With a length of 196 kilometers, the Shimanto River is the longest waterway in Shikoku. Its source is on Mount Irazu, from where, meandering along the slopes of the mountain, Shimanto hurries through the beautiful countryside to Tosa Bay on the Pacific Ocean.
The Shimanto is known as Japan’s last untouched river. Many traditional fishing methods are supported here, including hiburi, or torchlight fishing, and shibazuke, or evergreen bough-head fishing. The river is crossed by 48 specially designed low bridges without railings. This design prevents the destruction of the bridge during a flood. The river remains a vital artery as well as a natural source of inspiration for the locals.
Karst voids of Shikoku
The territory of the “Shikoku Karst” is a picturesque grassy mountain slopes dotted with white limestone. It is one of the three main karst areas in Japan, and its topography is due to the dissolution of limestone and other bedrock. The Shikoku karst region begins on the Tengunomori Plateau, located at an altitude of 1485 meters above sea level, and extends from east to west along the border of Kochi and Ehime prefectures.
The Shikoku karst formations are the result of the dissolution of limestone rock.
The small island of Kashiwa, off the Otsuki Peninsula in southwestern Kochi Prefecture, boasts waters so clear that boats off its shores seem to be floating through the air. There is a large coral reef and over 1000 species of fish. Glass bottom boats allow visitors to see the fish in their natural habitat. The area is a popular destination for water sports, including surfing and scuba diving.
Ryuga Cave, formed about 175 million years ago, is one of Japan’s three great limestone caves. Approximately one kilometer of the four-kilometer shaft of the cave is open to the public. Here you can see limestone formations of a wide variety of shapes and sizes – from 11-meter stalactites to phyllites, reaching 14 meters in girth.
The cave is recognized as a national natural monument. It offers various tourist routes – from standard excursions to full-fledged caving tours accompanied by a guide for adventure lovers. The challenging route is sure to appeal to thrill-seekers and amateur speleologists. Visitors, equipped with helmets and headlamps, light their way, squeeze through narrow gaps barely wide enough for one person, and climb log stairs. Advance booking required.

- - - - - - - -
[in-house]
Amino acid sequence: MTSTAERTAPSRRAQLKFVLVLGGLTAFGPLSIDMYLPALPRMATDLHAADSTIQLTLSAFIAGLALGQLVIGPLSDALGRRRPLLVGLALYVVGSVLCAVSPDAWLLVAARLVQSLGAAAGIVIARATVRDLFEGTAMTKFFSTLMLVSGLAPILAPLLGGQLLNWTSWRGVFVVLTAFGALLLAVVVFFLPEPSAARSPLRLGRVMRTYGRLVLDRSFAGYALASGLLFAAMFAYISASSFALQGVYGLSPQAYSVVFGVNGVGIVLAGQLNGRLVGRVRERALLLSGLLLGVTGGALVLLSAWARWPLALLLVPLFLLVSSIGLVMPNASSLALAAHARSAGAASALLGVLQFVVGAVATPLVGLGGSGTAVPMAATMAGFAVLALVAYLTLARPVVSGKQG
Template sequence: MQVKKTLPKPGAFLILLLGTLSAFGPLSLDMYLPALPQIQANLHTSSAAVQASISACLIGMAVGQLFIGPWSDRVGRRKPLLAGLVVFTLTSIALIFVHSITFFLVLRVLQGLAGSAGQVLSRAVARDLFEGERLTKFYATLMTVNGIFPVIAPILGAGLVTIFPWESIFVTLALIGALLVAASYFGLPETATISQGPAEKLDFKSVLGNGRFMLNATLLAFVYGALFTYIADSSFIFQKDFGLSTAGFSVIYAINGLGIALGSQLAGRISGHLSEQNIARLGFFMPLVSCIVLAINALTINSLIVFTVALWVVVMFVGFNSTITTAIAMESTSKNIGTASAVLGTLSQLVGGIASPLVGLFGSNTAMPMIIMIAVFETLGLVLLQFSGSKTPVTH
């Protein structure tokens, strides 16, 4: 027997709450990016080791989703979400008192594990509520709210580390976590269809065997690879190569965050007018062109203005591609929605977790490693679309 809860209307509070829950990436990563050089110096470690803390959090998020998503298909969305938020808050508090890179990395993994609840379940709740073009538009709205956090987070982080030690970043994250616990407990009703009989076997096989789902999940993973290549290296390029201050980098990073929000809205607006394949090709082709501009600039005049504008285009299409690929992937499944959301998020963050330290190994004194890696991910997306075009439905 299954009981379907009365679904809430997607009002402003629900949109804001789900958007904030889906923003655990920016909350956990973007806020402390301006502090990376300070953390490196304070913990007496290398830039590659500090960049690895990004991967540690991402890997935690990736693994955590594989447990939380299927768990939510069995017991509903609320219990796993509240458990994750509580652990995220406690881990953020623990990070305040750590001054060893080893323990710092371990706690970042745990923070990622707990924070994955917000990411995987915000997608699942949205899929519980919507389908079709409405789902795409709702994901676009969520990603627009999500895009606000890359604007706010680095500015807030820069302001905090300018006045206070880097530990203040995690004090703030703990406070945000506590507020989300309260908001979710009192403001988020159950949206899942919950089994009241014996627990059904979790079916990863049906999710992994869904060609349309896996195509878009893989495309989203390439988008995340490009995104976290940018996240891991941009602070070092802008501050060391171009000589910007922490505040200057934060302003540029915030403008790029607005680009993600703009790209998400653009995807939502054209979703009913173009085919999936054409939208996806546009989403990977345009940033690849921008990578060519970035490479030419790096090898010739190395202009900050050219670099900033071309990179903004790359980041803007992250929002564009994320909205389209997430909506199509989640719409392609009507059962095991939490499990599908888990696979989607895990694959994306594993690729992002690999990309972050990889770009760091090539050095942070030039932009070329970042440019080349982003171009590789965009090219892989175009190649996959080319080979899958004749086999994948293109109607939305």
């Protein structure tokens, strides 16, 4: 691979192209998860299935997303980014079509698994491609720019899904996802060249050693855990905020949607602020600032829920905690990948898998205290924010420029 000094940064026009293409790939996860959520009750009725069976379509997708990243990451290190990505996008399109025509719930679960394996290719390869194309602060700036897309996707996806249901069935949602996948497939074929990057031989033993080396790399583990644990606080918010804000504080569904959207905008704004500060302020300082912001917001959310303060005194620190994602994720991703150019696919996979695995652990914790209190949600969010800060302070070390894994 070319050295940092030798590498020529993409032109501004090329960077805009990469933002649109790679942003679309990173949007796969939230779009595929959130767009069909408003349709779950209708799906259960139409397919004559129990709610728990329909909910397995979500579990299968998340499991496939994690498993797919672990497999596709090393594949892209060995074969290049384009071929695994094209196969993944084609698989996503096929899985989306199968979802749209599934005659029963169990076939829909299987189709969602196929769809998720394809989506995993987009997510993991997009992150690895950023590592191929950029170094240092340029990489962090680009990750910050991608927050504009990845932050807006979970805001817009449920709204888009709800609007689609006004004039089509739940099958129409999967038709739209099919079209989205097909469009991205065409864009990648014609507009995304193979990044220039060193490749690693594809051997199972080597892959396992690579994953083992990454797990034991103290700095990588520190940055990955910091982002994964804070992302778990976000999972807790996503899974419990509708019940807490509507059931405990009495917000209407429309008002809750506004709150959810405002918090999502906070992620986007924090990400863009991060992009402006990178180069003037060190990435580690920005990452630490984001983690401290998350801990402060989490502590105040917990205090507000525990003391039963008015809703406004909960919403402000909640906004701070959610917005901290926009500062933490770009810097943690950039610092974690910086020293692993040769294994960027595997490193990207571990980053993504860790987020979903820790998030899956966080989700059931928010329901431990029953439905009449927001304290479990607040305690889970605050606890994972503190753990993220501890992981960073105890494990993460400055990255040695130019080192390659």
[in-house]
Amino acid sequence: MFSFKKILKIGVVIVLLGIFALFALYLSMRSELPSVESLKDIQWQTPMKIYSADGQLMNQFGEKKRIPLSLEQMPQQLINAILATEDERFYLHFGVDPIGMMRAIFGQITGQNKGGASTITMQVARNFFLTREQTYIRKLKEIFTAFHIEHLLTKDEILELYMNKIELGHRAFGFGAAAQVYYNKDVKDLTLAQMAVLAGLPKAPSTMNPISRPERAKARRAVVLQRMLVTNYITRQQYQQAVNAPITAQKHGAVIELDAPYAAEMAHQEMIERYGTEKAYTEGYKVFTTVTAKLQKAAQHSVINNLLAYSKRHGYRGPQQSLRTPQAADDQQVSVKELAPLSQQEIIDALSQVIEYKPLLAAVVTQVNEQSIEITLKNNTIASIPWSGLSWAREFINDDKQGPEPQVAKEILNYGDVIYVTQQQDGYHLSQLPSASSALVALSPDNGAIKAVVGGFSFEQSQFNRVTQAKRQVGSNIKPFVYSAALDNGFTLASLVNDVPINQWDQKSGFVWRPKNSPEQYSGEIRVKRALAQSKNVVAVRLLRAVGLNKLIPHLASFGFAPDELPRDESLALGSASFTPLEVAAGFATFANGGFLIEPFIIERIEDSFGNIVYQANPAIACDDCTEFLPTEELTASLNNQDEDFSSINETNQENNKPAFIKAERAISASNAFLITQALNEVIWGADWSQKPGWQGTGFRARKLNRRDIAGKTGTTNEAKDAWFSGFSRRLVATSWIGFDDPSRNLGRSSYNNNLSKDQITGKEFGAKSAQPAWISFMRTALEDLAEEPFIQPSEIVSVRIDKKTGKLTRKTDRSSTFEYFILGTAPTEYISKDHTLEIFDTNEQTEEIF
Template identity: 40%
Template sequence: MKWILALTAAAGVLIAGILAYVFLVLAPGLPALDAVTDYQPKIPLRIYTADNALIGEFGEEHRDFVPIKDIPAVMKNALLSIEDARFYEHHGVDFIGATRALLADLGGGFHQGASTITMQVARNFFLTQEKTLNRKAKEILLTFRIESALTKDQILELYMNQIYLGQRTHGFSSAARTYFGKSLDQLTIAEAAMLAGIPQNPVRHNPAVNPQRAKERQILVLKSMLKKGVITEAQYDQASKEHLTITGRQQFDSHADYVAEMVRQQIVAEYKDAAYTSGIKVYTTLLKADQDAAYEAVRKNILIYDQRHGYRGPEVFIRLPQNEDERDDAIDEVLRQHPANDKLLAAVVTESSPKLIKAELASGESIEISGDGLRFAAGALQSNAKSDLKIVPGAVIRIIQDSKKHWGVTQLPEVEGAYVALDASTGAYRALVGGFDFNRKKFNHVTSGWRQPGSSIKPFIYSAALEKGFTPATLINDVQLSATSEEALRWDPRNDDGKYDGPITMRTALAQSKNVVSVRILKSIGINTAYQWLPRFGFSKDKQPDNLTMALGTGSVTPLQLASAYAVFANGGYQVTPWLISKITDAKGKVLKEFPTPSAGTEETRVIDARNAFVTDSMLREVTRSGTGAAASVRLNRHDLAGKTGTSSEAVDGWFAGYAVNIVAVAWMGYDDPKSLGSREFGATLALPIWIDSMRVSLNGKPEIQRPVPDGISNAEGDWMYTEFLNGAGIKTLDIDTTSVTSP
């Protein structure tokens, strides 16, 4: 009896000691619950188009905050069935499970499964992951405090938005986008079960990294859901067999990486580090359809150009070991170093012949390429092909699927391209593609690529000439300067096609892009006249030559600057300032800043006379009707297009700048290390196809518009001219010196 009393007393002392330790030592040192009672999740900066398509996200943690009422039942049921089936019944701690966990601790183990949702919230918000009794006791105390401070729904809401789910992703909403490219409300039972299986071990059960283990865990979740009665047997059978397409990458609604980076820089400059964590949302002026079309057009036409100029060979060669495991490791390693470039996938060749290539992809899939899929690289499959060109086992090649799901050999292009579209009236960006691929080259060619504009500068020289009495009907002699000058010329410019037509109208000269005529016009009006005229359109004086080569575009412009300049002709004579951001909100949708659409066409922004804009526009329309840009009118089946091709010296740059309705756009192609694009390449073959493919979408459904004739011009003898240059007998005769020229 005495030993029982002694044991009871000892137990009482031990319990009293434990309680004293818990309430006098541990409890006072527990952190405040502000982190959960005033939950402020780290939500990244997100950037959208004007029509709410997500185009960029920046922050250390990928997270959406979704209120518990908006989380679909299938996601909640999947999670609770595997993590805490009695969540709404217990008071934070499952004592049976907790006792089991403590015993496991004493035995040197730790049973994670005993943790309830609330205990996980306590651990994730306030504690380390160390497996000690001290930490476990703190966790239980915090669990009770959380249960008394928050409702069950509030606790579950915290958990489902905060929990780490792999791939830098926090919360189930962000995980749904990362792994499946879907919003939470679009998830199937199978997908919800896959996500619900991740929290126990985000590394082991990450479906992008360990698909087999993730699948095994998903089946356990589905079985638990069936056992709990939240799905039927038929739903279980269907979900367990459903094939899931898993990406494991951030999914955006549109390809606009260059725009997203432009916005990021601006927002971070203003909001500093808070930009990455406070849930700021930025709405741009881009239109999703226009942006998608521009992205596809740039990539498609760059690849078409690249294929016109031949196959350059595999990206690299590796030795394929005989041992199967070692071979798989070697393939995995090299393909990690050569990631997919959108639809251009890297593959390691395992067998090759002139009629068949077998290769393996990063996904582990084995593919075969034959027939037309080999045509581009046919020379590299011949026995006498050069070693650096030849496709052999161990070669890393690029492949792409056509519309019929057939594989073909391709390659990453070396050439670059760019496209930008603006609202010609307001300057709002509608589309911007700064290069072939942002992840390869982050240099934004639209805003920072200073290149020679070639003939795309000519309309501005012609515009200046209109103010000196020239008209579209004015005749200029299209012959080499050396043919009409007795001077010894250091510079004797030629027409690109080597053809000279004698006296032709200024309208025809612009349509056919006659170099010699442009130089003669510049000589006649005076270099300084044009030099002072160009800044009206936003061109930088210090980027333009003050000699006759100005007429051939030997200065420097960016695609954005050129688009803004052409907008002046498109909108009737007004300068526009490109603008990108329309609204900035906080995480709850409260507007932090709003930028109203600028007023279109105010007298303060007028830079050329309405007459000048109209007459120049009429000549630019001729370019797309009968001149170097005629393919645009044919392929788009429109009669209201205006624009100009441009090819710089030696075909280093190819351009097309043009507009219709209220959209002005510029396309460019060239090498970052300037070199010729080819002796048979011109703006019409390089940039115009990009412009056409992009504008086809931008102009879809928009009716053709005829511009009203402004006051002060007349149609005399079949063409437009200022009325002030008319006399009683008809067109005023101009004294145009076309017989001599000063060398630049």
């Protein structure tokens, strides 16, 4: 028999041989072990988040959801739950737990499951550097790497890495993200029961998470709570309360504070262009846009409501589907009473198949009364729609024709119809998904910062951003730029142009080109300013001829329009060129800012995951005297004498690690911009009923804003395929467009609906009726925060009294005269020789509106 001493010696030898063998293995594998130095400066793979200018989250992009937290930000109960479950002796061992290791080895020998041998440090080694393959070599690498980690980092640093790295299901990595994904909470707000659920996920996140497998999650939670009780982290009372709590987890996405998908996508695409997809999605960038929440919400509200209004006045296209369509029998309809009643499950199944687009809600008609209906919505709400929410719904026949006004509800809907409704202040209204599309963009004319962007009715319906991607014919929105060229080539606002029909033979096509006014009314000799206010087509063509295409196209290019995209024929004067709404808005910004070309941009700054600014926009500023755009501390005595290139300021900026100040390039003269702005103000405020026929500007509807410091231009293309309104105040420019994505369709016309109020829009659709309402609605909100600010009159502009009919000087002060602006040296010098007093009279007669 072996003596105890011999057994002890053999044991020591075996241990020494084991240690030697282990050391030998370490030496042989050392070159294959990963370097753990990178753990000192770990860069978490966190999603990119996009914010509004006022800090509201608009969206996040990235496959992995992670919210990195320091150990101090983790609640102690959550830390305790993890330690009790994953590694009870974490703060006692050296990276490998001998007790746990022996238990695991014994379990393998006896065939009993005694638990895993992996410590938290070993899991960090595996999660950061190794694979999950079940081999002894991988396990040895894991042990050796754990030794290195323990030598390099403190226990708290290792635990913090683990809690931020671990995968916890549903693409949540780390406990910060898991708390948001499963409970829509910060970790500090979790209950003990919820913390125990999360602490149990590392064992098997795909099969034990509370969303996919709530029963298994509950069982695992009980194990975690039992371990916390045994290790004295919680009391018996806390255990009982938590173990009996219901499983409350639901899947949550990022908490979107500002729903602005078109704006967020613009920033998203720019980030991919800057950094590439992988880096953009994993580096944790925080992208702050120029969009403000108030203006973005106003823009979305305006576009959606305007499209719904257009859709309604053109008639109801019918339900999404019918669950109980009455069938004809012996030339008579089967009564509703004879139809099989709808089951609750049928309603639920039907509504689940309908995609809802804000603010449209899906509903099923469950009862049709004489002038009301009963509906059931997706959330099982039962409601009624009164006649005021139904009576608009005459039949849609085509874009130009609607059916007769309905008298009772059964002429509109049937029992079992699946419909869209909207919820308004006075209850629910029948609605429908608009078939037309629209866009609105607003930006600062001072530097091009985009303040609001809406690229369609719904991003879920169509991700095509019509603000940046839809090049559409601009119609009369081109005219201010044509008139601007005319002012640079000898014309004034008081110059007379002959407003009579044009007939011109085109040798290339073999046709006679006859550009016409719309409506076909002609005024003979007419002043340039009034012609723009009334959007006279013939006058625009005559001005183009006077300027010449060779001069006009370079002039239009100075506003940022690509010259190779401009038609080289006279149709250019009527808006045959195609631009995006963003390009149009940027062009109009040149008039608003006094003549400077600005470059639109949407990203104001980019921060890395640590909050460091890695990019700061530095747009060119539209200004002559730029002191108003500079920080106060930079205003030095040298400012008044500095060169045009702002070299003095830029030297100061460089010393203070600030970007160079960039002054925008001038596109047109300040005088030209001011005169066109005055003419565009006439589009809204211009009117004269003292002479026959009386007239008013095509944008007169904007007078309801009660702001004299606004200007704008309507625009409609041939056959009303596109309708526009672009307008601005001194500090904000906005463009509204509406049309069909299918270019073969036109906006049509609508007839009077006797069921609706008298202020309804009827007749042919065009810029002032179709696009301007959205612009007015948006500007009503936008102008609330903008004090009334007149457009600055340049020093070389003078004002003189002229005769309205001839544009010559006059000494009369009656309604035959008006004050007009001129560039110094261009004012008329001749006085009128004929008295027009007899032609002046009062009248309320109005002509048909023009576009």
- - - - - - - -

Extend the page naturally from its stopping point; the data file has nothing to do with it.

Located between Cape Ryuzu in the north and Cape Ryuyo in the south, Katsurahama Beach curves out to the picturesque expanse of the Pacific Ocean. Pine trees, white sand and the rich blue of the ocean are perfectly combined, like in a miniature Japanese garden. This beach has long been known as a great place to admire the moon. It was here that many famous masterpieces of traditional poetry were written.
At Cape Ryuzu, at the very northeastern tip of the coast, a bronze statue of Sakamoto Ryoma, the central figure of the movement that overthrew the power of the Tokugawa shogunate, rises above the water. The entire coastline is part of the Katsurahama Park and includes facilities such as the Katsurahama Aquarium and the Sakamoto Ryoma Memorial Museum.
Things to do
Walk along the beach at Katsurahama, famous for centuries for its scenic beauty and moon view (Kochi). See the recreated Harimayabashi Bridge, the scene of Yosakoi’s (Kochi) song. Walk through the tunnels at Ryugado Cave, one of Japan’s top three caves (Kami). Admire the craftsmanship of the Nora-dokei, an eye-catching 4-sided watch originally designed to be seen by all farm workers in the area (Aki)
Admire the Kochi Castle, the only castle in the country that has both the original fortress and the palace (Kochi).
Visit the Monet Garden, modeled after the Giverny gardens that inspired Claude Monet. It is the only garden with permission from the Fondation Claude Monet to use his name (Kitagawa). Enjoy the beauty of “Niyodo Blue”, a dark blue color considered unique to the Niyodo River. It is best seen under a small waterfall at Niko-buchi (Ino).
Enter Mikurado in the form of Totoro, where the priest Kukai is said to have received his name meaning “sky and sea” and also attained Enlightenment (Muroto).
Stop at the Tengu Highlands to see the limestone cliffs jutting out of the green hills of the Shikoku (Tsuno) Karst.
Learn about Ekin art and the images hidden within it at the Ekin Museum (Konan).